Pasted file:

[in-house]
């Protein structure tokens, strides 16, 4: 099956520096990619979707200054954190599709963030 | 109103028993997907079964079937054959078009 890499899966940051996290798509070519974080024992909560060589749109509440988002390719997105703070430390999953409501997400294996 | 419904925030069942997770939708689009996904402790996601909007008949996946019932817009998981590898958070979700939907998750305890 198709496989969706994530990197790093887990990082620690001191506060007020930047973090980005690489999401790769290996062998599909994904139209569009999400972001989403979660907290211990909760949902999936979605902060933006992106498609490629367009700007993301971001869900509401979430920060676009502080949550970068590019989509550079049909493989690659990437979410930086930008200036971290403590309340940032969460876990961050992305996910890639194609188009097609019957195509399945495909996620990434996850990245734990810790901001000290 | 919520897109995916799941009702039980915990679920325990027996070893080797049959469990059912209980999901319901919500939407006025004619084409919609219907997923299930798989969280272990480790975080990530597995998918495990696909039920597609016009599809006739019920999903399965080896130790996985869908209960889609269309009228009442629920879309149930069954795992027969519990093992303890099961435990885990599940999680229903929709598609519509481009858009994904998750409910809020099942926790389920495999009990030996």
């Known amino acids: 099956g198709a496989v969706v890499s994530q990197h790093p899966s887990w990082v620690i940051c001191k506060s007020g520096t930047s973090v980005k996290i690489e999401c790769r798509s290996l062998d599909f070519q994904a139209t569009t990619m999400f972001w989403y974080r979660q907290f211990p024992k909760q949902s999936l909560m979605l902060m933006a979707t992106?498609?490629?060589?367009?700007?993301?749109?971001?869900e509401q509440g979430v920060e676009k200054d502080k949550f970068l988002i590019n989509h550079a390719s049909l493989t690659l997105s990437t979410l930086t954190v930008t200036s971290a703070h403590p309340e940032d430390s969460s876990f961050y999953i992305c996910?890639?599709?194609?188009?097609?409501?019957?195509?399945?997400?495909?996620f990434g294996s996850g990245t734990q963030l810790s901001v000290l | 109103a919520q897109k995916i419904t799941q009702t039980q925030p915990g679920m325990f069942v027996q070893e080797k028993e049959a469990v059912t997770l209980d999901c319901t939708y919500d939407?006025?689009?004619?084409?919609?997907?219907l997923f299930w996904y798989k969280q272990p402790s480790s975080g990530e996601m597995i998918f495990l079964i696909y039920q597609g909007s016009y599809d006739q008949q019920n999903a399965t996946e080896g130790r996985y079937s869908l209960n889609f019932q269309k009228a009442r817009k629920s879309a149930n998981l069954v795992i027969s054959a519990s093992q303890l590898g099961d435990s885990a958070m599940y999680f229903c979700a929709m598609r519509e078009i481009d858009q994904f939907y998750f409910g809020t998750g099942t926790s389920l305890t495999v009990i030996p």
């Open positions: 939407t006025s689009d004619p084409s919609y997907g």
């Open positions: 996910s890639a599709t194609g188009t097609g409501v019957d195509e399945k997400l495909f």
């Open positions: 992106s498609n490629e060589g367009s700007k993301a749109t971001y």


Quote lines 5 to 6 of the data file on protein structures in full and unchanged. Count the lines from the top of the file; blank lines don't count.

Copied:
């Open positions: 996910s890639a599709t194609g188009t097609g409501v019957d195509e399945k997400l495909f």
């Open positions: 992106s498609n490629e060589g367009s700007k993301a749109t971001y």